AT&T's so-called 3G network is barely faster than the EDGE network they used for the iPhone 1G. EDGE, of course, is laughable by world cellco standards.

Non-Americans (well, non-USAns) don't realize that AT&T (SBC, really), unlike Verizon, is notorious for starving its network of investment and milking it for all it's worth. They bandy around a figure of $18B in upcoming investment, but this is across all products, wireline, broadband, wireless and equipping the CEO's golf club. For a company with $112B a year in turnover, this is not an excessive sum or a significant commitment.


From: Mauricio Arango (Sep 18 2009, at 14:33)

I agree with your analysis and conclusion that the flat rate model isn't beneficial for consumers, application developers or telecom providers.

However, usage culture change is very difficult and consumers need solid assurances that their bills aren't going to skyrocket. There is valuable experience to borrow from prepaid voice services. So in addition to the mechanisms you propose, adding a prepaid option could reduce concerns.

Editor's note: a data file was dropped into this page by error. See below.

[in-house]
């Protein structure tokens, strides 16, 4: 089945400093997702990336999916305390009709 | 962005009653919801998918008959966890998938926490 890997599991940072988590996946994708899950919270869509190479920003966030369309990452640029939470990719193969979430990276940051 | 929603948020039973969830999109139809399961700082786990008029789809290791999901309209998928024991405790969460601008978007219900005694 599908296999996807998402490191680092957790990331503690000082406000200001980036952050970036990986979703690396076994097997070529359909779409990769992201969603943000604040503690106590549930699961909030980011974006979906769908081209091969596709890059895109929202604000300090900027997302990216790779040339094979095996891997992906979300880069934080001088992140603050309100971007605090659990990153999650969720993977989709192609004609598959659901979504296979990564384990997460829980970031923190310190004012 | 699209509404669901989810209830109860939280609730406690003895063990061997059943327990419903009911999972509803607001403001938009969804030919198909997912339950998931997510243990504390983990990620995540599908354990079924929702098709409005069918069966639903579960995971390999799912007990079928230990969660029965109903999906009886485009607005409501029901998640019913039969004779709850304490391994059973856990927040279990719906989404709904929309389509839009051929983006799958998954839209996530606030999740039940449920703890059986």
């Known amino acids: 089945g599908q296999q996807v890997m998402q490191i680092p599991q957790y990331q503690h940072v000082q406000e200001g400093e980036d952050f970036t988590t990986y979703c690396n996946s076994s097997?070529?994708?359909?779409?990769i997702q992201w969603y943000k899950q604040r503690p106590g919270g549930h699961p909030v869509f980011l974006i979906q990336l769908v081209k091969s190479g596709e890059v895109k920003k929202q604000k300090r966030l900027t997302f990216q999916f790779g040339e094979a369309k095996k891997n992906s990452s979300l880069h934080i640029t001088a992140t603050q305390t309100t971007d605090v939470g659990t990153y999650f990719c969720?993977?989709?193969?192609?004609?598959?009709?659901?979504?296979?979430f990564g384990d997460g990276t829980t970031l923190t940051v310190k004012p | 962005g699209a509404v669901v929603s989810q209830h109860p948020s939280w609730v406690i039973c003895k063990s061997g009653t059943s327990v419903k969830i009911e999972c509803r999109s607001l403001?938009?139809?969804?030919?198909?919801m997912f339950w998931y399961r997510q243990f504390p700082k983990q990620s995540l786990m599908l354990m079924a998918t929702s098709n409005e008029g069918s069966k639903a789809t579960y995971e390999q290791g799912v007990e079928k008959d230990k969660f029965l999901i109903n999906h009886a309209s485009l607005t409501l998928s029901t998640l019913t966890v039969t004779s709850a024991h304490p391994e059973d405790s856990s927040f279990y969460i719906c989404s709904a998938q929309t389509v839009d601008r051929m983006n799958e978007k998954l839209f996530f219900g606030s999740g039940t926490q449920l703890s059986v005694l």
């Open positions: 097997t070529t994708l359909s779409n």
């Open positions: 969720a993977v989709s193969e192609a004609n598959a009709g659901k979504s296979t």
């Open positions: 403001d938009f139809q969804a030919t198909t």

Another perspective to consider is that some application providers could pay for bandwidth costs. This is the model used by the Amazon Kindle, where the end user pays to Amazon, which in turn buys bandwidth services from Sprint. A similar service appliance model could be used for other mobile applications even if they run on an iPhone or other smart mobile device.


From: Jacek Kopecky (Sep 18 2009, at 18:19)